On Friday, October 5, 2012, 53 cars were involved in a pileup crash on a Florida highway that injured more than 50 people. And that, apparently, was just the beginning. On Thanksgiving day, a 150-car pileup near Beaumont, Texas killed two people and injured nearly 80 others. Within a single week, an additional six pileup crashes were reported:
- Dec. 17: 27 car pileup in Quebec City
- Dec. 19: 60 car pileup in California
- Dec. 19: 7 car pileup in Vancouver
- Dec. 19: 35 car pileup in New York
- Dec. 20: 23 car pileup in Texas
- Dec. 20: 25 car pileup in Iowa
That’s nearly 400 cars wrecked in just 8 crashes in a 12-week period – five of those pileups have happened in the past 24 hours. There are some common factors to these incidents.
All of them happened on highways. In most of them, weather conditions were considered a “contributing factor”. In all of them, driver error was a primary factor.
While highways offer convenience and efficiency, allowing us to quickly move between distant cities, simple errors can quickly turn them deadly. Here are four tips to keep yourself out of a deadly pileup.
1. ADJUST YOUR SPEED.
In most states, the maximum speed limit posted on a road applies only during “optimal conditions” – that is, dry roads in daylight with good visibility. If weather conditions deteriorate and the roads become compromised with rain, ice or snow, or visibility is compromised with fog or darkness, the law requires drivers to reduce their speed accordingly.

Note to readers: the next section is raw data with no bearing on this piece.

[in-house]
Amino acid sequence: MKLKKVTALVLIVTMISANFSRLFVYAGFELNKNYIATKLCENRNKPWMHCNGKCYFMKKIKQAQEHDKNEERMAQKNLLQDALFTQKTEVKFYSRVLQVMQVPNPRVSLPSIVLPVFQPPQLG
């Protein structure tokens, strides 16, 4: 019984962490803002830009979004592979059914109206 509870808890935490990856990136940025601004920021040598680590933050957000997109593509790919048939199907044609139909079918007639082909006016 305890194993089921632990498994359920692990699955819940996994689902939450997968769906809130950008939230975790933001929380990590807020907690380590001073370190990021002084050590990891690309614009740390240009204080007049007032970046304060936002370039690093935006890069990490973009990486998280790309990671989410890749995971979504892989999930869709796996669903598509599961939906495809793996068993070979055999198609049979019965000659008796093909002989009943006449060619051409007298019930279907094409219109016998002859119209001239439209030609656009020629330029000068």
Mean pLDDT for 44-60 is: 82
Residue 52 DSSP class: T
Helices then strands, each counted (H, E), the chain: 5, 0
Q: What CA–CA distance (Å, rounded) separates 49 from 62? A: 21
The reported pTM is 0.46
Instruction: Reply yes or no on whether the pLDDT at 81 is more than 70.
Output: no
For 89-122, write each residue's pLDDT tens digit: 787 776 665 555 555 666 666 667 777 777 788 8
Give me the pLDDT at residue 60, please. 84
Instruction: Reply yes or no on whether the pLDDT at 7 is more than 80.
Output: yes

The distance it takes your car to come to a complete stop depends on a few things, including your reactions, your speed, the mass of your vehicle and your traction (here’s a tip: good tires on dry roads stop waaaaay shorter than bald tires on wet roads).
Driving too fast shortens your stopping distance while slippery roads increases it. This leaves you open to hydroplaning or skidding – either way, you’re out of control.
2. MAINTAIN A SAFE FOLLOW DISTANCE.
But speeding isn’t the only mistake here. On the highway you should maintain a 4-6 second follow distance from the car in front of you, and add an extra second for every inclement weather condition (add a second for rain, another for fog, et cetera).
This gives you time to react safely if something awful goes down ahead of you.
3. KEEP YOUR SPACE CUSHION CLEAR.
In addition to your follow distance, make sure you keep a space cushion around your vehicle for safety. Stay aware of the traffic around you, and don’t let yourself get boxed up – boxed-in cars become squished cars in a traffic pileup.
4. CHANGE YOUR PLANS.
Here’s the simplest advice to stay alive: if the weather is forecast to turn bad, clear your schedule and stay home. If you absolutely have to drive, stay off the highway. Take local roads where traffic is more likely to be moving slowly anyway. Arriving late is better than never arriving at all.
If you learned something from this article, great! You’re now a little bit smarter than the average driver. Share this with as many people as you can and maybe we can put an end to these horrible pileup crashes.